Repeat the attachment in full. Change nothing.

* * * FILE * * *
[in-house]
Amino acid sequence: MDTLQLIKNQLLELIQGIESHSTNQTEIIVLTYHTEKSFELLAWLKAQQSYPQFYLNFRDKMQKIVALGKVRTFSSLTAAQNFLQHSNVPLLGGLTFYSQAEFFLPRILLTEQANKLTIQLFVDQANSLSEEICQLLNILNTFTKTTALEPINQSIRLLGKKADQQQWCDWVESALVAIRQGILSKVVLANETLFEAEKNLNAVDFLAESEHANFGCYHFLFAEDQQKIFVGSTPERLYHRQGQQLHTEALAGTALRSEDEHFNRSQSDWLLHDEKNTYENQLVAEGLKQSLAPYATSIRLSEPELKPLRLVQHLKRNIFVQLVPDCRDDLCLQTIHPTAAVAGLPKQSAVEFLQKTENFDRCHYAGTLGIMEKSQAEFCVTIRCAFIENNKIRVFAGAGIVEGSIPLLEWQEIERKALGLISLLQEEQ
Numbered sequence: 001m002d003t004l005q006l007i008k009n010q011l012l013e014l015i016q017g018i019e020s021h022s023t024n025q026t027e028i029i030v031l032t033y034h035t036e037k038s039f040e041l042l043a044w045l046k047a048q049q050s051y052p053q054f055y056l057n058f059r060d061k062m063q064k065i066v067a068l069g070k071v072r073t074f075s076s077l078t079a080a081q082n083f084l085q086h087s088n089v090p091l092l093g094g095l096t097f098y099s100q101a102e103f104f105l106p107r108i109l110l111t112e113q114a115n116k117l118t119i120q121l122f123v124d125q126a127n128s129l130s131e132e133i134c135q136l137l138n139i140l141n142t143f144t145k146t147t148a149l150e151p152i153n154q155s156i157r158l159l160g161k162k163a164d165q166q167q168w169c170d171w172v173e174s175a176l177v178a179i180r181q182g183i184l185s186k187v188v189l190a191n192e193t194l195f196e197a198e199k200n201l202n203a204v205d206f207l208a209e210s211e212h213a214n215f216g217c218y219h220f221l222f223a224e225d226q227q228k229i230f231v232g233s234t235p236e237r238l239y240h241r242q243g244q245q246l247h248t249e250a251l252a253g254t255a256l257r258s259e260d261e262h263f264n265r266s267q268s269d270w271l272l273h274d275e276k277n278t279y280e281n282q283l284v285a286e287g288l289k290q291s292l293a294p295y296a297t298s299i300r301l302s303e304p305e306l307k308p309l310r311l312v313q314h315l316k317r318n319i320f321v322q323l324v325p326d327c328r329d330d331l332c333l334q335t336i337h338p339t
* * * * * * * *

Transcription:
[in-house]
Amino acid sequence: MDTLQLIKNQLLELIQGIESHSTNQTEIIVLTYHTEKSFELLAWLKAQQSYPQFYLNFRDKMQKIVALGKVRTFSSLTAAQNFLQHSNVPLLGGLTFYSQAEFFLPRILLTEQANKLTIQLFVDQANSLSEEICQLLNILNTFTKTTALEPINQSIRLLGKKADQQQWCDWVESALVAIRQGILSKVVLANETLFEAEKNLNAVDFLAESEHANFGCYHFLFAEDQQKIFVGSTPERLYHRQGQQLHTEALAGTALRSEDEHFNRSQSDWLLHDEKNTYENQLVAEGLKQSLAPYATSIRLSEPELKPLRLVQHLKRNIFVQLVPDCRDDLCLQTIHPTAAVAGLPKQSAVEFLQKTENFDRCHYAGTLGIMEKSQAEFCVTIRCAFIENNKIRVFAGAGIVEGSIPLLEWQEIERKALGLISLLQEEQ
Numbered sequence: 001m002d003t004l005q006l007i008k009n010q011l012l013e014l015i016q017g018i019e020s021h022s023t024n025q026t027e028i029i030v031l032t033y034h035t036e037k038s039f040e041l042l043a044w045l046k047a048q049q050s051y052p053q054f055y056l057n058f059r060d061k062m063q064k065i066v067a068l069g070k071v072r073t074f075s076s077l078t079a080a081q082n083f084l085q086h087s088n089v090p091l092l093g094g095l096t097f098y099s100q101a102e103f104f105l106p107r108i109l110l111t112e113q114a115n116k117l118t119i120q121l122f123v124d125q126a127n128s129l130s131e132e133i134c135q136l137l138n139i140l141n142t143f144t145k146t147t148a149l150e151p152i153n154q155s156i157r158l159l160g161k162k163a164d165q166q167q168w169c170d171w172v173e174s175a176l177v178a179i180r181q182g183i184l185s186k187v188v189l190a191n192e193t194l195f196e197a198e199k200n201l202n203a204v205d206f207l208a209e210s211e212h213a214n215f216g217c218y219h220f221l222f223a224e225d226q227q228k229i230f231v232g233s234t235p236e237r238l239y240h241r242q243g244q245q246l247h248t249e250a251l252a253g254t255a256l257r258s259e260d261e262h263f264n265r266s267q268s269d270w271l272l273h274d275e276k277n278t279y280e281n282q283l284v285a286e287g288l289k290q291s292l293a294p295y296a297t298s299i300r301l302s303e304p305e306l307k308p309l310r311l312v313q314h315l316k317r318n319i320f321v322q323l324v325p326d327c328r329d330d331l332c333l334q335t336i337h338p339t